Students are now suing schools for sexual harassment. The cases raise important issues about the limits of discovery. In a case in Petaluma, California, a girl claimed that she was harassed for years and that the school knew about it and failed to act. According to press reports, she alleges that a boy stood up in class and asked, “I have a question. I want to know if [Jane Doe] has sex with hot dogs.” In discovery, the school district sought the parents' therapy records, the girl's diary, and a psychological evaluation of the girl. Should they get those things?
Practice Test #6
British discovery practice differs from that in the United States. Most discovery in Britain concerns documents. The lawyers for the two sides, called solicitors, must deliver to the opposing side a list of all relevant documents in their possession. Each side may then request to look at and copy those it wishes. Depositions are rare. What advantages and disadvantages are there to the British practice?
Practice Test #7
ETHICS Trial practice also is dramatically different in Britain. The parties' solicitors do not go into court. Courtroom work is done by different lawyers, called barristers. The barristers are not permitted to interview any witnesses before trial. They know the substance of what each witness intends to say, but do not rehearse questions and answers, as in the United States. Which approach do you consider more effective? More ethical? What is the purpose of a trial? Of pretrial preparation?
Practice Test #8
Claus Scherer worked for Rockwell International and was paid over $300,000 per year. Rockwell fired Scherer for alleged sexual harassment of several workers, including his secretary, Terry Pendy. Scherer sued in United States District Court, alleging that Rockwell's real motive in firing him was his high salary. Rockwell moved for summary judgment, offering deposition transcripts of various employees. Pendy's deposition detailed instances of harassment, including comments about her body, instances of unwelcome touching, and discussions of extramarital affairs. Another deposition, from a Rockwell employee who investigated the allegations, included complaints by other employees as to Scherer's harassment. In his own deposition, which he offered to oppose summary judgment, Scherer testified that he could not recall the incidents alleged by Pendy and others. He denied generally that he had sexually harassed anyone. The district court granted summary judgment for Rockwell.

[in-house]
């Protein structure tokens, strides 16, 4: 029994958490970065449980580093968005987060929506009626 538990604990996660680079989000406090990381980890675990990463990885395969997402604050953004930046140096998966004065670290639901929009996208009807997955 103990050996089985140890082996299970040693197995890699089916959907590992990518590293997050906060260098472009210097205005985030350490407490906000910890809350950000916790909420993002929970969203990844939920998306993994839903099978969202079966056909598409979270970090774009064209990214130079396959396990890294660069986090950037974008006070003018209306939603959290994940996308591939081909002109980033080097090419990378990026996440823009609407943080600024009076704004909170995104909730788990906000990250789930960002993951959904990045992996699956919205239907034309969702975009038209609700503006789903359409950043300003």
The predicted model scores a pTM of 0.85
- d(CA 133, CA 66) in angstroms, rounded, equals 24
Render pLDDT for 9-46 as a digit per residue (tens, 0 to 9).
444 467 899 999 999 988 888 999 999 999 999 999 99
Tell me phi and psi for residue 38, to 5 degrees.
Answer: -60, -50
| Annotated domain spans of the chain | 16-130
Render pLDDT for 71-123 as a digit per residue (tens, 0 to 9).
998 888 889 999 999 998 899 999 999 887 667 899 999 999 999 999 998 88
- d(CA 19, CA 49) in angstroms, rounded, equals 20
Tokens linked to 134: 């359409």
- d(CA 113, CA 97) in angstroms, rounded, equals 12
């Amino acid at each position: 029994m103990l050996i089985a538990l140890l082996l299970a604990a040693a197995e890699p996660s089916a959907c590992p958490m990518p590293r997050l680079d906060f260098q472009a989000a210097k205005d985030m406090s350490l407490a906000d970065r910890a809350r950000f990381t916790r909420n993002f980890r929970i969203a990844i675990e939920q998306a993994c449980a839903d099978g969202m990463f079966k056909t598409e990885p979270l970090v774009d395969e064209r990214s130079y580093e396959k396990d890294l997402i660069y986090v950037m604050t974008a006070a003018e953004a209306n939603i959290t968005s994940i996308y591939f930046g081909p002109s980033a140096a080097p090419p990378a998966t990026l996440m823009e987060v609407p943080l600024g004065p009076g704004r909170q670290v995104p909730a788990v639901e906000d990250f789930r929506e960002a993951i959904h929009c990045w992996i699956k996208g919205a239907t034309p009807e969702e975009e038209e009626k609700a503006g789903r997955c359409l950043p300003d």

Practice Test #8 Continued
Was its ruling correct?
Practice Test #9
Lloyd Dace worked for ACF Industries as a supervisor in the punchpress department of a carburetor factory. ACF demoted Dace to an hourly job on the assembly line, and Dace sued, claiming that ACF discriminated on the basis of age. At trial, Dace showed that he had been 53 years old when demoted and had been replaced by a man aged 40. He offered evidence that ACF's benefits supervisor had attended the meeting at which his demotion was decided, and that the benefits supervisor was aware of the cost savings of replacing Dace with a younger man. At the end of Dace's case, ACF moved for a directed verdict and the trial court granted it. The judge reasoned that Dace's entire case was based on circumstantial evidence. He held that it was too speculative for the jury to infer age discrimination from the few facts that Dace had offered. Was the trial court correct?